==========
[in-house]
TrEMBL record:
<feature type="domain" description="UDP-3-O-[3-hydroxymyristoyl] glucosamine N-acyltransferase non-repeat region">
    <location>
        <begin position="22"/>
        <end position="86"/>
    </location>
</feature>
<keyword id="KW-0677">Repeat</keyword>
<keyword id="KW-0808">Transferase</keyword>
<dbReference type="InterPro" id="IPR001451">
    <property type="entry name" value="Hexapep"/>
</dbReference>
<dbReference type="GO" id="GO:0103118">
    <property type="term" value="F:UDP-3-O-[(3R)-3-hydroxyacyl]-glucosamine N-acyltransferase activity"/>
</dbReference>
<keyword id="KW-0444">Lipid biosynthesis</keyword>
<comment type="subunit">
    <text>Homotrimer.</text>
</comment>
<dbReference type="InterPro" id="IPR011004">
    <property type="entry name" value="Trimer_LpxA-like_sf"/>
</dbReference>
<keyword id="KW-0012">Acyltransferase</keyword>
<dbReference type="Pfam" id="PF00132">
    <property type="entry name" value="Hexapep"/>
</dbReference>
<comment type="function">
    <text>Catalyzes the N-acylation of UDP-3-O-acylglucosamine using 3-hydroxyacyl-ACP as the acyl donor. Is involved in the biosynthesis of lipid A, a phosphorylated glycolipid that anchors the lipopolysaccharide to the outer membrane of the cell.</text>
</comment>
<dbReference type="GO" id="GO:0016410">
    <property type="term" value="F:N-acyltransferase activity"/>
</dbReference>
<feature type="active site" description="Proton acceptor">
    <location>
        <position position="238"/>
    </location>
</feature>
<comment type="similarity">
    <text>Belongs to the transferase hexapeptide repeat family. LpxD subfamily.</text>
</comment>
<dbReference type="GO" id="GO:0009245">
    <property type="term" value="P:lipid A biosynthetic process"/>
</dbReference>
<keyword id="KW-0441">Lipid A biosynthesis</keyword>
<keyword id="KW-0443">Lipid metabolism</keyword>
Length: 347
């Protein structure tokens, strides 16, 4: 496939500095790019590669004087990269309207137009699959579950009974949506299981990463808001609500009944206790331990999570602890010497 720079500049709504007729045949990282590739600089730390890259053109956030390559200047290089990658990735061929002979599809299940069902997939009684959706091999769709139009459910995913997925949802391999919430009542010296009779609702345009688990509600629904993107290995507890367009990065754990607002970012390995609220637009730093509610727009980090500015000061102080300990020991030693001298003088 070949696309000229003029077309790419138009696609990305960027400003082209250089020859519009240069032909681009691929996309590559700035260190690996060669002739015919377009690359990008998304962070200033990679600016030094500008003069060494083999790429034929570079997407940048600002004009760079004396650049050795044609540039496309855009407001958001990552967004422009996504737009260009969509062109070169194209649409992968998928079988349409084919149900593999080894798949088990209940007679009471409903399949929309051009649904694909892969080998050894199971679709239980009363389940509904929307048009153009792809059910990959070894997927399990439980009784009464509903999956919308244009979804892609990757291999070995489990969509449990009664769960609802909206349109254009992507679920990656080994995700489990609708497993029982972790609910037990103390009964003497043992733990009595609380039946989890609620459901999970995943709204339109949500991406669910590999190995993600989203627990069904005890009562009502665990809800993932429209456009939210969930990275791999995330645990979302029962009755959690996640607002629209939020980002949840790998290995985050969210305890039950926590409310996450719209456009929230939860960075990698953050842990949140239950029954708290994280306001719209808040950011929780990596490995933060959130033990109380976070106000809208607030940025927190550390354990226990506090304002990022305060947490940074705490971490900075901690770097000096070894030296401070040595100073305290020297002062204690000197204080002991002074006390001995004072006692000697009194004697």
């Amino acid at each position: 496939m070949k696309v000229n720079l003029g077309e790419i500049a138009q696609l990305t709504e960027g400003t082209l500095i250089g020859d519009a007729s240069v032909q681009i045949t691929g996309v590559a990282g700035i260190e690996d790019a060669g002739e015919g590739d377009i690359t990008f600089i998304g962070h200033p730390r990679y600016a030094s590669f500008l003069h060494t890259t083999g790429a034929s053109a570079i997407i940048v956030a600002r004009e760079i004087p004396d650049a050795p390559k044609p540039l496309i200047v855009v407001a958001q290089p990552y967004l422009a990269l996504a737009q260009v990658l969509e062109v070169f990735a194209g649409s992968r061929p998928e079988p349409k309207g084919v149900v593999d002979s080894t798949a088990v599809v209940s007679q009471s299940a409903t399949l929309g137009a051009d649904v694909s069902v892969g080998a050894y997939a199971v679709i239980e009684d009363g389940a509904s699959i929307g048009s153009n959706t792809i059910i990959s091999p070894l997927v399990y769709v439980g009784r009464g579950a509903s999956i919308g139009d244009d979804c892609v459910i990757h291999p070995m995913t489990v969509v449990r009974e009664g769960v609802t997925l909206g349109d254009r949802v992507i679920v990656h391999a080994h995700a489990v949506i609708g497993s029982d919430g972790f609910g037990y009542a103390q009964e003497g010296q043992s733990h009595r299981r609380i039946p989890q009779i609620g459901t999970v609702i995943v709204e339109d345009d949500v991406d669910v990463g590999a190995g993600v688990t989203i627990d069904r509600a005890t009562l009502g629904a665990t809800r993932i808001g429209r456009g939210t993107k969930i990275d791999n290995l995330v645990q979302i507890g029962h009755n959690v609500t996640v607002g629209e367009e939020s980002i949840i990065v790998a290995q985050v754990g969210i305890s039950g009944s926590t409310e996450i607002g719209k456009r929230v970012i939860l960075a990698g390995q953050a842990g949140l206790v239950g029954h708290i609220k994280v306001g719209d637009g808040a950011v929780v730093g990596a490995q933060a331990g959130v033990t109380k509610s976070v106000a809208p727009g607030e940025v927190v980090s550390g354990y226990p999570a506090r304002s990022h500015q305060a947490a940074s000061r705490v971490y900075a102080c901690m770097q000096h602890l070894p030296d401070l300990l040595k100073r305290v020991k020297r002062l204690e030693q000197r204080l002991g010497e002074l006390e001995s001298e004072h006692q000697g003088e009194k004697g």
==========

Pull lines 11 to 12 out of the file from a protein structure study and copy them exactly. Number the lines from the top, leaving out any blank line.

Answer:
<dbReference type="InterPro" id="IPR001451">
    <property type="entry name" value="Hexapep"/>